Mercedes Stephenson: Your party, the NDP, is promising to do more on pharmacare, but tremendously expensive and not a lot of details on how they’re planning to pay for that. Where does the money come from? And while it sounds like a great idea, it doesn’t do anything about doctors.
Laurel Collins, NDP Candidate—B.C.: This is something that I’ve been hearing all the time in my community. There are people who are, you know, making these impossible choices between paying for food and paying for essential medication. This is something that the Liberals actually have been promising, a national pharmacare program since 1997 and each time they get elected, they fail to deliver. At least this time they are admitting that their system is going to be patchwork, that it won’t actually be a universal system. You know, we’ve also had our platform fully costed by the Parliamentary Budget Officer, and what we’ve proposed is we’re going to increase the tax on people who own wealth over $20 million, it’s a super wealth tax. And if we just get the people who are at the very, very, very top to pay their fair share, it means we can actually invest in the services that people depend on.
Mercedes Stephenson: Tom, your party is the only one not making big expensive promises on health care. That saves money, but a lot of Canadians are saying look, I want to be able to pay for my prescriptions. I need that. I need a doctor. Why aren’t the Conservatives promising more?
Tom Dingwall, Conservative Candidate—Ontario: Our party is the only party that’s committed to increase transfer payments from the federal government to the provinces by 3 per cent a year to assist with health care. We’ve also committed $1.5 billion in new imaging equipment for hospitals, for ultrasounds and MRIs, to make sure that people are not waiting on a waiting list for these lifesaving types of tests. We are committed to making sure that we have one of the best health care systems in the world, but we are not going to over commit and make promises that we can’t keep. We need to make sure that we’re being honest with people, being honest with Canadians, and that’s something that the Liberals have not done.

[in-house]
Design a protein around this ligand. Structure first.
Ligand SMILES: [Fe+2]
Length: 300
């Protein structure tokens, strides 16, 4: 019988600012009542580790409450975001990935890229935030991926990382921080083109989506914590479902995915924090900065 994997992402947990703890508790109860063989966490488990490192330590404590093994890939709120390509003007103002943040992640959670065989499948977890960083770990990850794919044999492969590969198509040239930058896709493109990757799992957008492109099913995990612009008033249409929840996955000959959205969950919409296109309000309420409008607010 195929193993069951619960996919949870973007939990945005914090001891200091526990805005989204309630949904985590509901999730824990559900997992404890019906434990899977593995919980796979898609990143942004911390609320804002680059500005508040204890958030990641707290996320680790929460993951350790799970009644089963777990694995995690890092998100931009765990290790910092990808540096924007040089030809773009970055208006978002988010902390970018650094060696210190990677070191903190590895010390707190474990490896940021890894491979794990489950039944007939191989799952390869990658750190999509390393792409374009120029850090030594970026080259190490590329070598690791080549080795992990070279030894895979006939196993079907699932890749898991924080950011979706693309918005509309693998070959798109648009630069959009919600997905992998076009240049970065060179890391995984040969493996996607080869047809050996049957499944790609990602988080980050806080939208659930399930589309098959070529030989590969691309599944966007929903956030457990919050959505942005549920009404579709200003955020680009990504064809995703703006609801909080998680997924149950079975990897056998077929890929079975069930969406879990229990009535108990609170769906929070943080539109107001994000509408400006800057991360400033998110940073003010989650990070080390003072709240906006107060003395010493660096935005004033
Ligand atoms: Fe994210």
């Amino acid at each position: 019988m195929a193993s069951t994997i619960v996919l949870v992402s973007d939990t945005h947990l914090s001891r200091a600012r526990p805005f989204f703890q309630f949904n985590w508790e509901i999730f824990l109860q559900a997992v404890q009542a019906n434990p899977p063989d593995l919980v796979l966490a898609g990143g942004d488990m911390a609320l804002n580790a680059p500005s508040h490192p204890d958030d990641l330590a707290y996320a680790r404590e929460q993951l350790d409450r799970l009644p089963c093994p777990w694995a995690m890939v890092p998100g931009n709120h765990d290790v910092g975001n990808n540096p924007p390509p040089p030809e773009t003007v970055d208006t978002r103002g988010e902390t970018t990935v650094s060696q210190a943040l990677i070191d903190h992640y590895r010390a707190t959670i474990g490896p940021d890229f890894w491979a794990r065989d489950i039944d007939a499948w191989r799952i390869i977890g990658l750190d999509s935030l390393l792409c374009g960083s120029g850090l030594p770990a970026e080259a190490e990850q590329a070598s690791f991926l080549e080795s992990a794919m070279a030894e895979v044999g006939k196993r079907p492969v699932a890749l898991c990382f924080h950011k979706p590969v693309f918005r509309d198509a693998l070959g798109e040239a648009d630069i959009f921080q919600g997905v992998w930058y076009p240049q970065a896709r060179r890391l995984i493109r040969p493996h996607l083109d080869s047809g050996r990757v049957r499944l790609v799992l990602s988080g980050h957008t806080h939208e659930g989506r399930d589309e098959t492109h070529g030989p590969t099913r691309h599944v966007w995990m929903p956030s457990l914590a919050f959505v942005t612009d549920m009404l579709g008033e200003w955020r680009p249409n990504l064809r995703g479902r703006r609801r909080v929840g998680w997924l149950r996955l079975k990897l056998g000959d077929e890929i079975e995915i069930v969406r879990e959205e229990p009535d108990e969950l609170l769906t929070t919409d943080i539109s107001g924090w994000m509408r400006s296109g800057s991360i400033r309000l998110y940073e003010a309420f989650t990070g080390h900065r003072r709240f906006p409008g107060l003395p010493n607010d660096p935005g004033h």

Mercedes Stephenson: I know health care is an important one, but another big one is affordability and deficits. Tamara, your government had promised to balance the deficit by 2019. The Liberals are running promising more deficits. A lot of big economists are saying that we could be heading into a major global recession next year. Is your party prepared to take the country into that when they’re promising so much spending?
Tamara Taggart, Liberal Candidate—B.C.: I do know that we have the lowest unemployment rate in over four years. I know that Canadians are working. We’re finding homes for people. We’re building homes for people with the National Housing Strategy. We are moving forward. We are saying yes to things, because we know that Canadians need that. We are trying to repair 12 years of a Harper government, where the answer was no to everything and cutting services for the most vulnerable people, the people that need it the most.
Mercedes Stephenson: Tom, the Conservatives still haven’t released a costed platform. We don’t have a sense of how much their programs are going to cost, but they keep harping on the deficits. It seems like a lot of Canadians, if you look at the polls, just don’t care about deficits anymore.
Tom Dingwall, Conservative Candidate—Ontario: Well, not caring about deficits is exactly how Ontario got into the trouble that we’re in right now. I’m talking to people at the doors that are making good livings and struggling to make ends meet. They literally have no money left at the end of the month, and with the carbon tax, the increase in taxes on over 80 per cent of middle class families by this Liberal government, if they continue down the path they’re going, deficits are differed taxes, and eventually they’re going to be coming for your money. And what’s happened, and I’ll just start by saying this is 2019. The Trudeau government promised to be balanced in 2019. This is another promise that they chose not to keep. Every promise they broke, they broke by choice, and that’s what people need to understand. A promise is only as good as the person delivering it, and if you can’t trust them to keep their promise, everything that they’re promising has absolutely no meaning. We are going to make life more affordable for people. We are trying very hard to focus on families, on our seniors, on our veterans, to make sure that we take the GST off your home utility bills, that we cancel the carbon tax, which is making life more unaffordable for everybody.
Mercedes Stephenson: Laurel, the NDP has made a lot of big promises. They’ve never been about balanced budgets. It’s a left party, and they have a different ideology, but when it comes to things like the oil sector, there’s been promises to try to transition those workers. Basically, no details on how. You have Rachel Notley, the former NDP Premier of Alberta coming out and saying she doesn’t even know if she can vote for the party in this election. Is this still a party that Canadians across the country can vote for?